BLUES, JAZZ and AMERICAN ROOTS

roadtrip-500

Tracks

01. Aflenz
02. Kary’s Trance
03. Gypsy Girls
04. Texas Reel
05. Through the Alley
06. Church Hill Solo
07. Another Lisboa
08. A Night in Tblilisi
09. Backwoods
10. Have Mercy
11. The Rev’s Music
12. Poor Providence
13. Closing Time
14. Baden Baden
15. Warbasse Junction

Solos and duets featuring Danny Mallon, percussion / Brian Glassman, Bass / Charley Krachy, sax / Dave Keyes, piano

 

This set of fifteen acoustic guitar instrumentals from New York based Mann is one of his most adventurous and creative outings to date, where all but one track are original compositions. This is a very impressive and beautifully arranged set and he has surrounded himself with some sympathetic and highly skilled fellow performers. 
Mann is a hugely gifted musician, as well as being a writer, producer and teacher, he is a seasoned performer with a guitar touch and tone that is distinctly his own. He is versed in a wide range of musical styles, including jazz and classical, having studied with the likes of Lennie Tristano, and the legendary Rev Gary Davis. Mann spent a number of years during the late sixties taking lessons from Rev. Davis and three titles pay homage to that great guitar maestro. With Have Mercy Mann inventively interprets the passionate Davis classic Death Don’t Have No Mercy creating a haunting melody backed by some evocative piano playing from Dave Keyes. There is some subtle percussion from Danny Mallon on The Rev’s Music where Mann combines two of Davis’s most popular songs Let Us Get Together and Going To Sit Down On The Bank of The River into one of the finest moments of this highly recommended set where Mann takes the tunes off into a uniquely inventive world of his own. 
There are undertones of the infectious guitar playing of Lonnie Johnson on Through The Alley while the delicate picking on Backwoods performed on a resonator guitar have a timeless quality, but sadly they are two of the shortest titles being barely two minutes long! The longest title however is Warbasse Junction where Mann is joined by sax player Charlie Krachy to create an evocate atmosphere reminding me of the captivating late fifties sax style of Jimmy Giuffre. The blues guitar riff throughout this highly inventive title is truly engaging making this one of the very finest moments of this thoughtfully produced set. 
There is some sparkling mandolin from Larry Wexer on Poor Providence and the Portuguese guitar playing from Mann on Closing Time adds an atmospheric and eerie quality. The bass playing from Brian Glassman and the drumming from Jeffrey Meyer are controlled and subtle throughout this session adding greatly to the enjoyment. There is no doubting that Mann is a consummate guitar player who is in a class all of his own. He has a vast knowledge, particularly of early blues and jazz styles, but he is very much a man of the moment who is willing to experiment and take chances as this set clearly illustrates. Mann is a regular visitor to Europe and recent tours have included Japan and Brazil.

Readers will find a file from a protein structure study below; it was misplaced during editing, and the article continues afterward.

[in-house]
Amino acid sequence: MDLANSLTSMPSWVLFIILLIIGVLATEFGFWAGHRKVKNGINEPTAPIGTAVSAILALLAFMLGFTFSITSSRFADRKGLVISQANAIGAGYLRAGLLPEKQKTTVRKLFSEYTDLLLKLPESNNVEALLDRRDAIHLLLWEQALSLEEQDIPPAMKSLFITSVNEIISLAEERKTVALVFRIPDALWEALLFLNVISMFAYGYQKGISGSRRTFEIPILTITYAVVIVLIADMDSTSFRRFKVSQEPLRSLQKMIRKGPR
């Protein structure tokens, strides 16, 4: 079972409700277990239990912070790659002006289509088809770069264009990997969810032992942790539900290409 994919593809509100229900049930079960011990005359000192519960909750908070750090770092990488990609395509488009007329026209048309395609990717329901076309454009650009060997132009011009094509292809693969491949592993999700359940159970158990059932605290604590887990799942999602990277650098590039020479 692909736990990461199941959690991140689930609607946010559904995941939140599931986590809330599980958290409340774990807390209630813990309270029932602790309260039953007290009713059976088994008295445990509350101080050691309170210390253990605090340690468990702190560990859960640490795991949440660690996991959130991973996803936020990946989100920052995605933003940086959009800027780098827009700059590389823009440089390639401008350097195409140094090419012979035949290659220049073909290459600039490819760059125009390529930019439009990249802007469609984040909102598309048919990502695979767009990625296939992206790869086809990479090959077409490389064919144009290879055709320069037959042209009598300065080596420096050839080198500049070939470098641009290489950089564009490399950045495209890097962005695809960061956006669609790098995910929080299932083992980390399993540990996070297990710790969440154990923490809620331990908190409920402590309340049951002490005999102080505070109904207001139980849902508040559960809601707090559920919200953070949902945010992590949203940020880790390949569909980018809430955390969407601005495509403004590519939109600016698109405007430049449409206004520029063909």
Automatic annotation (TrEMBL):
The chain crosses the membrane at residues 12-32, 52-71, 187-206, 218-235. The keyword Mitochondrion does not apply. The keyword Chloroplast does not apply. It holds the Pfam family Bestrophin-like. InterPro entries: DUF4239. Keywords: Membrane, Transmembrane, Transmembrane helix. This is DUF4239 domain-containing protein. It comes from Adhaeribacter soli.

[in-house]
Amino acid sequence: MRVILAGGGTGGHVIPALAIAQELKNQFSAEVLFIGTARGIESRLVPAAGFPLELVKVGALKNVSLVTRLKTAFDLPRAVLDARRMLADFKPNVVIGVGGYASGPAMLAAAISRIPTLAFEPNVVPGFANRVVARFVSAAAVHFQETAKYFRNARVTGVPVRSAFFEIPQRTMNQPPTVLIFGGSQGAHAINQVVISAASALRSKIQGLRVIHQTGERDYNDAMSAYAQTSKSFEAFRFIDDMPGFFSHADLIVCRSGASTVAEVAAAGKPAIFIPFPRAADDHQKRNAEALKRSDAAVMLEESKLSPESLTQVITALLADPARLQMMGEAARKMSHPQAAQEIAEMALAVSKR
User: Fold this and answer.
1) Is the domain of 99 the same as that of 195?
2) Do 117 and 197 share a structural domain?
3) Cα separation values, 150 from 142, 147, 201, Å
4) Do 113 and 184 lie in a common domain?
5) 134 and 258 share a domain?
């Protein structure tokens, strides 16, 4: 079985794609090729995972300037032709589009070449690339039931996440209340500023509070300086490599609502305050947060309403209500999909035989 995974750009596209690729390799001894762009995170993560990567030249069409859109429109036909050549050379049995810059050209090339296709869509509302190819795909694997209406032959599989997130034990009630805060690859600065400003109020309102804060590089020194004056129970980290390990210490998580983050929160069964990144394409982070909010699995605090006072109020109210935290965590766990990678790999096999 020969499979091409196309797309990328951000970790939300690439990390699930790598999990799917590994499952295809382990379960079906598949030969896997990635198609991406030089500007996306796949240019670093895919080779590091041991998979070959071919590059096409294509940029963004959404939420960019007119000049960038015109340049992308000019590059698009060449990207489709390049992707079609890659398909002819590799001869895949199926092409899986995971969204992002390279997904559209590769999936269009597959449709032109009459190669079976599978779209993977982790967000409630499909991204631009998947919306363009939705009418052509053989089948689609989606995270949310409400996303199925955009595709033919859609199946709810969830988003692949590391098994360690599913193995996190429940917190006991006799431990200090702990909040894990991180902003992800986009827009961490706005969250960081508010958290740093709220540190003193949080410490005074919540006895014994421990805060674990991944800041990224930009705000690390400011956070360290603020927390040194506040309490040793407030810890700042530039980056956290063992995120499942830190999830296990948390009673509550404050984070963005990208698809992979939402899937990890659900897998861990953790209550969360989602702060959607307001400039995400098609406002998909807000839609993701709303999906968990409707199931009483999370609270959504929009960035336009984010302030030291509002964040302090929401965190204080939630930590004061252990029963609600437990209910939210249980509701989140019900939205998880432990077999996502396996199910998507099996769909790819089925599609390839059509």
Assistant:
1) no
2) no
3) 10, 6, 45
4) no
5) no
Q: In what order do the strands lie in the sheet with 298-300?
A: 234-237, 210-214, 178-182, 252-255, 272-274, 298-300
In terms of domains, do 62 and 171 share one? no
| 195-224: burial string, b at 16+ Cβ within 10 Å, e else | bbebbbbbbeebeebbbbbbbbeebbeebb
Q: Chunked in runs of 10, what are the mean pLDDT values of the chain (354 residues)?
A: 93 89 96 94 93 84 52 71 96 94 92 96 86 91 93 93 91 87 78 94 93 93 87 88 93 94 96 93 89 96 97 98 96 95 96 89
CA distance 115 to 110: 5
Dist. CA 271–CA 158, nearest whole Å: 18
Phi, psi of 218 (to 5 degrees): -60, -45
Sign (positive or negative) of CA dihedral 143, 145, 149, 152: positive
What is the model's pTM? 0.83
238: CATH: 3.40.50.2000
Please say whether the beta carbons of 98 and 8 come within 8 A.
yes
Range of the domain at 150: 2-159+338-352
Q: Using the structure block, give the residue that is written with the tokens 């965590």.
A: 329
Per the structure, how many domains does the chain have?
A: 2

Woody Mann describes Road Trip as a tribute to the places he has visited on recent tours, but this excellent instrumental set from one of most talented and eclectic fi ngerstyle guitarists on the scene can be heard, more metaphorically, as a recap of his musical journey. Mann has absorbed so many guitar styles that he can change moods on a dime, weaving lyrical single-string lines and chord harmonies that take his tunes across the musical divides between genres. “The Rev’s Music” is a tribute to his first great teacher, legendary bluesman Reverend Gary Davis, but Mann interprets Davis’ ideas through a jazz filter, giving the material a new perspective. “Kary’s Trance,” with saxophonist Charley Krachy, is a free-jazz exploration that brings to mind Mann’s other great teacher, the groundbreaking pianist Lennie Tristano. In Road Trip’s echoes of old-time banjo and classical guitar, sprightly Lonnie Johnson licks, and Latin themes, Mann makes good use of a bottomless bag of tricks. But for all his chops, he never showboats; everything he does serves the melody, a fact that his late teachers would certainly appreciate. By & © Ian Zack

 

 

“Mann has absorbed so many guitar styles that he can change moods on a dime, weaving lyrical single-string lines and chord harmonies that take his tunes across the musical divides between genres. Influenced early on by string-bending legends like Lonnie Johnson and Blind Blake along with the ragtime and Gospel blues of Reverend Gary Davis, Mann eventually developed an exceptionally animated and colorfully nuanced, blues-based style all his own.” – ACOUSTIC GUITAR MAGAZINE

“The mixing with the other great musicians in this set takes Woody’s rootsy style to a new level, expanding the traditions with his originality.” – BLUES AND RHYTHM MAG

“He nails very complicated stuff so cleanly that optimists will grab their guitars, thinking, ‘Hey, that’s humanly possible,’ while pessimists will get drunk and spread dark rumors about moral turpitude.” – MUSICIAN MAGAZINE


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